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Slow and steady wins the game

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Kansas State's plodding but determined effort was enough...this time.

Soobum Im-USA TODAY Sports

On any given Saturday in the fall, college football can be both grand and terrible, sometimes within a single play. From the agony of defeat, to the joy of victory, and every emotion in between, the sport offers fans nearly the full range of human experience. Yesterday was a microcosm of all the things that make college football great.

On any given Saturday, college football lives entirely between the hash marks, and for all our complaints about corruption, media bias, exploitation, and the other ills that plague this sport, we can focus on the actual game.

On this particular Saturday, we experienced the terrible anguish of Notre Dame's Malik Zaire and his season-ending injury, and the sheer magic of BYU and Tanner Mangum in the dying seconds of their game against Boise State. We felt the enormous wave of relief at Auburn, perfectly offset by the unbridled joy of Toledo after the Rockets' monumental upset of Arkansas.

Hope grows in some places and fades in others, and the best part is that we get to do it all over again in a week.

College football, man.

Kansas State went on the road yesterday and came back with a workmanlike 30-3 victory over Texas-San Antonio.The win was neither as easy nor as dominant as that scoreline might suggest. The offense did not execute well for nearly the entire first half and offensive line play was a serious problem for at least part of the game. However, the team came out strong and determined in the second half, and with the defense dominating the line of scrimmage almost throughout the game, the offense began to find some rhythm. Credit to Joe Hubener who began to see the field better and distributed the ball well, despite lacking proper form and touch on some plays. Jack Cantele's redemption arc may have come full circle as he went 3-3 on field goals yesterday and tacked on an extra point as well. Finally, with Winston Dimel, Dalvin Warmack, and Justin Silmon, Kansas State might have a real running game this year.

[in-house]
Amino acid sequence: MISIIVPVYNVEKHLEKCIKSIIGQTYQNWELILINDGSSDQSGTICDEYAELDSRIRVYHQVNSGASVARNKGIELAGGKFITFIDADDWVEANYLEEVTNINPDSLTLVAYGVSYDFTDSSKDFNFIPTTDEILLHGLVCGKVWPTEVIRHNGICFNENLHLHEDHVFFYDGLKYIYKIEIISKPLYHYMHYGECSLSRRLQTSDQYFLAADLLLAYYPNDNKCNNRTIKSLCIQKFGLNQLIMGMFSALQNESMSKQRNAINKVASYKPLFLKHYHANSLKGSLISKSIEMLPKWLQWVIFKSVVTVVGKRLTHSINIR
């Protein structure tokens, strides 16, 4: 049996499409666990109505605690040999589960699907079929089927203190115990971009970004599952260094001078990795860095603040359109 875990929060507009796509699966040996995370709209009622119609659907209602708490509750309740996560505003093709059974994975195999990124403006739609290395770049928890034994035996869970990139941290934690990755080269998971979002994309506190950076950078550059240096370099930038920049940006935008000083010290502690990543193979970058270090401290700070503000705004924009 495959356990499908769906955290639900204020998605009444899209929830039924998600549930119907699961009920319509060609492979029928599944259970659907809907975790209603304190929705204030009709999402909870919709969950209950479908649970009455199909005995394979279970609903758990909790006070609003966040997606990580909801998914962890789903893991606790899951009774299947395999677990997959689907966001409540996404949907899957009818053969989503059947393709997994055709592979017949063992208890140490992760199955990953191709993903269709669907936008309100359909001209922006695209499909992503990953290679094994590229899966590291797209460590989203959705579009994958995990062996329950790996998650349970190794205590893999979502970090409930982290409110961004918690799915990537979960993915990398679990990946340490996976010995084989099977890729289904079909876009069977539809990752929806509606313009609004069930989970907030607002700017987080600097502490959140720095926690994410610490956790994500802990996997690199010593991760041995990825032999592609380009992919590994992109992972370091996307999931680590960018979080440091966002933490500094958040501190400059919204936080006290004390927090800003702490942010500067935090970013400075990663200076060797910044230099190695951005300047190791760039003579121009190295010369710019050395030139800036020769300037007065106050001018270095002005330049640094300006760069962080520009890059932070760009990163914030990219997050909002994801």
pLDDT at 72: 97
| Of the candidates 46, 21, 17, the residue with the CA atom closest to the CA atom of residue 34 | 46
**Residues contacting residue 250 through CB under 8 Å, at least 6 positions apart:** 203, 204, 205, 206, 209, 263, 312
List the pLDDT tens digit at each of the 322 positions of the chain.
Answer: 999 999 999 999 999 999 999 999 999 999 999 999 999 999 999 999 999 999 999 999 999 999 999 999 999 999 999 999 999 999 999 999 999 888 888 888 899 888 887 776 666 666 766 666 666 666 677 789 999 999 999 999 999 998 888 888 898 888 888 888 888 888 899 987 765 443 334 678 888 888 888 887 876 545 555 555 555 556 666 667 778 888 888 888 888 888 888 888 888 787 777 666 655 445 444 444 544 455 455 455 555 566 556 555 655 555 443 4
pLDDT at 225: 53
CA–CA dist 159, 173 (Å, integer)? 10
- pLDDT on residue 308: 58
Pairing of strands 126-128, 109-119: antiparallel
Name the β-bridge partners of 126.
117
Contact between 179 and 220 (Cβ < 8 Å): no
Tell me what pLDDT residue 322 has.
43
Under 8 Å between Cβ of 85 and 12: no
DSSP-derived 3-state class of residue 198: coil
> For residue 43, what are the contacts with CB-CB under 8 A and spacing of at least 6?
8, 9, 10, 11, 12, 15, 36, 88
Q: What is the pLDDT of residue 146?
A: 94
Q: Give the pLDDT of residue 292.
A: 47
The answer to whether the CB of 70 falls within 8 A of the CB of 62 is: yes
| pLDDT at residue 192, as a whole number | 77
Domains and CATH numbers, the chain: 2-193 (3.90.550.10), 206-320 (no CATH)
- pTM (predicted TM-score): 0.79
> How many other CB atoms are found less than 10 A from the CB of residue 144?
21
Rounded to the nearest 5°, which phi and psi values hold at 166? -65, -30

Here's a selection of post-game coverage from various sources.

Our own Jon Morse weighed in immediately after the game, picking up on some positives and negatives: Kansas State 30, UTSA 3: Five Things We Learned

Max Olson was not too impressed with the Wildcats overall, but credited Hubener and the team with keeping things simple and coming away with a win (ESPN(blog)).

Kellis Robinett, writing for the Wichita Eagle, was equally underwhelmed by the victory, but gave the defense top marks, as the unit gave up exactly zero touchdowns for a second straight week.

Kansas State's win was not particularly inspiring. In fact, thanks to "no flash, nothing brash, and a pinch of dash," this may have been one of the most boring Wildcats outings to date, as Blair Kerkhoff suggested in the Kansas City Star. In fact, it was so dull, even Bill Snyder riffed on it:
Tempo on our side of the ball kind of puts you sleep

In case you didn't already know, Kevin Haskin of the Topeka Capital-Journal provides this reminder that Hubener is a former walk-on who only played sparingly at quarterback before this season, and had never started before. Still, he pulled off the win and in the end, and nerves or not, that's probably all that matters.

Maybe it's mostly curiosity about a former javelin thrower at quarterback, but Hubener got most of the kudos for the victory, even rating a mention in Dr. Saturday's Winners and Losers column.

It was an odd weekend in college football. The SEC looked vulnerable just a few days after the media and coaches totally set aside all their inherent bias and put ten teams from that league in the Top 25 (Mark Schlabach, ESPN).

Bret Bielema's pointed commentary on Ohio State's easy schedule seems like so much sour grapes now that Arkansas has lost at home to Toledo, for example (Des Bieler, Washington Post).

It's a sign that it's too early in the season to begin the debate on conference strength. Every conference can point to a marquee win or two (e.g., Oklahoma's come-from-behind victory over Tennessee, or Michigan State's statement win over Oregon), and every conference can also point to a debilitating loss or near-miss (e.g., Northwestern beating Stanford last week or Iowa State's disappointing loss to Iowa despite playing neck-and-neck for three quarters). At this point, there is no separation, and that's probably best.

As our JT VanGilder notes, context matters, in football as in all other things.

The VolleyCats are on a winning streak as the season hits high gear. Kansas State swept Middle Tennessee in three sets(25-12, 25-22, 25-18) to win their sixth straight match, and the Middle Tennessee Invitational. The team improved to 53-3 in non-conference games since 2011. After dominating the first set, the Wildcats struggled in the second, down 22-16, before roaring back with a 9-0 stretch. Junior Brooke Sassin was once again the spark, with a team-best 12 kills in the match and four in that tight second set. This was her ninth consecutive match with 10 or more kills, and Sassin was voted tournament MVP for her efforts.